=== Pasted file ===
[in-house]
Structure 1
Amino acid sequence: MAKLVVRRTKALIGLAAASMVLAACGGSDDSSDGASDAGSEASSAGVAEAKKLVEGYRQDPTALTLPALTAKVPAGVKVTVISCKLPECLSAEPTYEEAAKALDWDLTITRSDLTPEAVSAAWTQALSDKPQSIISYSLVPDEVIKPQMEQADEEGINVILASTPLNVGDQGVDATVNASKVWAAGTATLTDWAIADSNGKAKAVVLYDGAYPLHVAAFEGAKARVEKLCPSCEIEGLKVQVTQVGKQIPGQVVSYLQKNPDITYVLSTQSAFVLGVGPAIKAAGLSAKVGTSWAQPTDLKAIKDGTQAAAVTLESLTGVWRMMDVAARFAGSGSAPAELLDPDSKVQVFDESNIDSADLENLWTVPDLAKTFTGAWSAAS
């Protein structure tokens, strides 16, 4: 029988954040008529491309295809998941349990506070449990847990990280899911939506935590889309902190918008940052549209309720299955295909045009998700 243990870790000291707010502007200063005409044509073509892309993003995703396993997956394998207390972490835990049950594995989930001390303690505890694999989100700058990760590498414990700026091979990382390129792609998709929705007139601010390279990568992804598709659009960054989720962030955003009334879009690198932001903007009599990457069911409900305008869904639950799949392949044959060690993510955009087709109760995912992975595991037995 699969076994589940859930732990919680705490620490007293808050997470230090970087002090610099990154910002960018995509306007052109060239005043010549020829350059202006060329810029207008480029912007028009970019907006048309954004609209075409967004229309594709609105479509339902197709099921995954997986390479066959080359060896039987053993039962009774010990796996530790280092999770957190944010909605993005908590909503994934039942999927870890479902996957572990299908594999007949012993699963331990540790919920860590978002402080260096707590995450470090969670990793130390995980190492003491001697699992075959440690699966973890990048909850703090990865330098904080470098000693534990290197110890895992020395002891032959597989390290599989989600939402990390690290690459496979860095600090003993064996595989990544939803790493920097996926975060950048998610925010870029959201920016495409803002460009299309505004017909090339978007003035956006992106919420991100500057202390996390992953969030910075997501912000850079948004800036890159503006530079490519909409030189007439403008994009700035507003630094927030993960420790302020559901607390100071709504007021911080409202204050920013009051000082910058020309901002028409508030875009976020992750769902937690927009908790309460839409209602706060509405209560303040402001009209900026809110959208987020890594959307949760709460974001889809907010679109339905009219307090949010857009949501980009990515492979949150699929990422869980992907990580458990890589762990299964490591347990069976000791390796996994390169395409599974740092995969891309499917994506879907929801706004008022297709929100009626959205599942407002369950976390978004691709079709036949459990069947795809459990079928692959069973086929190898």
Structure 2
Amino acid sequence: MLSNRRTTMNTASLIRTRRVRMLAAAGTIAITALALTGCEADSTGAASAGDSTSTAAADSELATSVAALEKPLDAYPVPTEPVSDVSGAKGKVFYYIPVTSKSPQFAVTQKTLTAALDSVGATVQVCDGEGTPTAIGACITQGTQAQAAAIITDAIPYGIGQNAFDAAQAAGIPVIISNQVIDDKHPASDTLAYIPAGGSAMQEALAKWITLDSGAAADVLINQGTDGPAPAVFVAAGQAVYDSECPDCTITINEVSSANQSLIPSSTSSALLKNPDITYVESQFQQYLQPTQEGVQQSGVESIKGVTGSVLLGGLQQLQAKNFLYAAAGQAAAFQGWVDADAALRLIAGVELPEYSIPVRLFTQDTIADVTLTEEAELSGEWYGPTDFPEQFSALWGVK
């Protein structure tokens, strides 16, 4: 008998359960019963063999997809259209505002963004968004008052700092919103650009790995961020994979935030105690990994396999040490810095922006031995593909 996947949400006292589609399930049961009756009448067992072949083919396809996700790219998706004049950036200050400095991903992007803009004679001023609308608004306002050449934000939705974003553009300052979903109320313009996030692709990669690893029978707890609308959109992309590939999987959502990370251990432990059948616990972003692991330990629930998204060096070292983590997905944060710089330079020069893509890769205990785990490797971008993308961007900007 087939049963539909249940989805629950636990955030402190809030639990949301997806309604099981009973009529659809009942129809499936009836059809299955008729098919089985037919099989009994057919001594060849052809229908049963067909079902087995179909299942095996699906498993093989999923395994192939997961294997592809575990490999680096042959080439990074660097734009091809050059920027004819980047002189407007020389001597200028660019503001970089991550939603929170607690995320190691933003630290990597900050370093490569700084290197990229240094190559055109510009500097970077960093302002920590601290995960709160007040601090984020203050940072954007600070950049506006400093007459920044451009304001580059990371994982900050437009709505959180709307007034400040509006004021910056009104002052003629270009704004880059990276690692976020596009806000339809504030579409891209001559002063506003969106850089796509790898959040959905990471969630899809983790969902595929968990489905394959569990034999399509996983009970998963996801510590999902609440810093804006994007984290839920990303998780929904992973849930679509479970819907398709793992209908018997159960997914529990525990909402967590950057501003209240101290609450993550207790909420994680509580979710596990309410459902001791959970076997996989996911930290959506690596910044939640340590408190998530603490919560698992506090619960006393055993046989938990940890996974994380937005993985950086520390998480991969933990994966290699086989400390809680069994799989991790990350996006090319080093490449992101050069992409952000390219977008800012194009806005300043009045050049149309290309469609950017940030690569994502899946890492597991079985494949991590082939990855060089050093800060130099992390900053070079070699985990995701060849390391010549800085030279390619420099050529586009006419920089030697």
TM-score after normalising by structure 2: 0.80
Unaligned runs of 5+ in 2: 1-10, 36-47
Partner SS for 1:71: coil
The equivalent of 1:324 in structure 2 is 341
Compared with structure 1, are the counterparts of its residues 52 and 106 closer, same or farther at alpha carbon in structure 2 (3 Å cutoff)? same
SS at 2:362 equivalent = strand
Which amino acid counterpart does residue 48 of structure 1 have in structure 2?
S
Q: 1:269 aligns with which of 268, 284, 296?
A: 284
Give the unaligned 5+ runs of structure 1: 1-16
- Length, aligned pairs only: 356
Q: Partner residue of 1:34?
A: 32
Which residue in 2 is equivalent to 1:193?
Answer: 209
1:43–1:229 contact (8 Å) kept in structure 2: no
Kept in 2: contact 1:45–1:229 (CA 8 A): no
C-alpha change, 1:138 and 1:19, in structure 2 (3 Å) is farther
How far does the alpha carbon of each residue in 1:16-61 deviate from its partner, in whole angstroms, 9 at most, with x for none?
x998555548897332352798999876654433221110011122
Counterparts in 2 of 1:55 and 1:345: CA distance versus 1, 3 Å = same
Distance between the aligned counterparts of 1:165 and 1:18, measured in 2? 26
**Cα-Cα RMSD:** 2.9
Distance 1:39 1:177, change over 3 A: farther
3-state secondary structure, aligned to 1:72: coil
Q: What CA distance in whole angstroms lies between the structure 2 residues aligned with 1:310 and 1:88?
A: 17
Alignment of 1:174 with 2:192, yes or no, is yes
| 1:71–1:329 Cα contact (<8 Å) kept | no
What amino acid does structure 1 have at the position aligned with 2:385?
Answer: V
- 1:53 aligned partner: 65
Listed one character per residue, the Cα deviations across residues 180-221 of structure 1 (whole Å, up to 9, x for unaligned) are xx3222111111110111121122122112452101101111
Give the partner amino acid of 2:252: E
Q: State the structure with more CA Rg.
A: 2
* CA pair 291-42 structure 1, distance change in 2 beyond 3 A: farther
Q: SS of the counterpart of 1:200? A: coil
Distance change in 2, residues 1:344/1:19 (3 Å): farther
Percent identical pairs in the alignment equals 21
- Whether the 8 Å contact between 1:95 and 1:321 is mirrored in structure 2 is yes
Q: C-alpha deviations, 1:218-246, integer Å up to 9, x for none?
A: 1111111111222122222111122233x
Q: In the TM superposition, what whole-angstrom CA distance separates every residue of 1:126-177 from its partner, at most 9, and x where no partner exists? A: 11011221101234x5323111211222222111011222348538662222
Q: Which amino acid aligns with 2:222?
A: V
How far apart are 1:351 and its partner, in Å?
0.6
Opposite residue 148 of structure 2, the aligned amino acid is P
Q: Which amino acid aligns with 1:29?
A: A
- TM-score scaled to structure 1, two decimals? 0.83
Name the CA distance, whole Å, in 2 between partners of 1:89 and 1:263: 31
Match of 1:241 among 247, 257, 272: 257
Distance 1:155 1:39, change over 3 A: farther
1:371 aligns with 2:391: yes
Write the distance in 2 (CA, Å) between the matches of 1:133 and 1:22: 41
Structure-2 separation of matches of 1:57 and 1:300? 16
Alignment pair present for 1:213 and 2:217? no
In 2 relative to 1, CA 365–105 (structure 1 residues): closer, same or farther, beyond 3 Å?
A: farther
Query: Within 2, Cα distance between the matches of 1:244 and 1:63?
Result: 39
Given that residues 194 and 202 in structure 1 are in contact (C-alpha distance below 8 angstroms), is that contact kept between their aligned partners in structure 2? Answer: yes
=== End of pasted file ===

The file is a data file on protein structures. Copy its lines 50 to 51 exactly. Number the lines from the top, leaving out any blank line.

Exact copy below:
Q: C-alpha deviations, 1:218-246, integer Å up to 9, x for none?
A: 1111111111222122222111122233x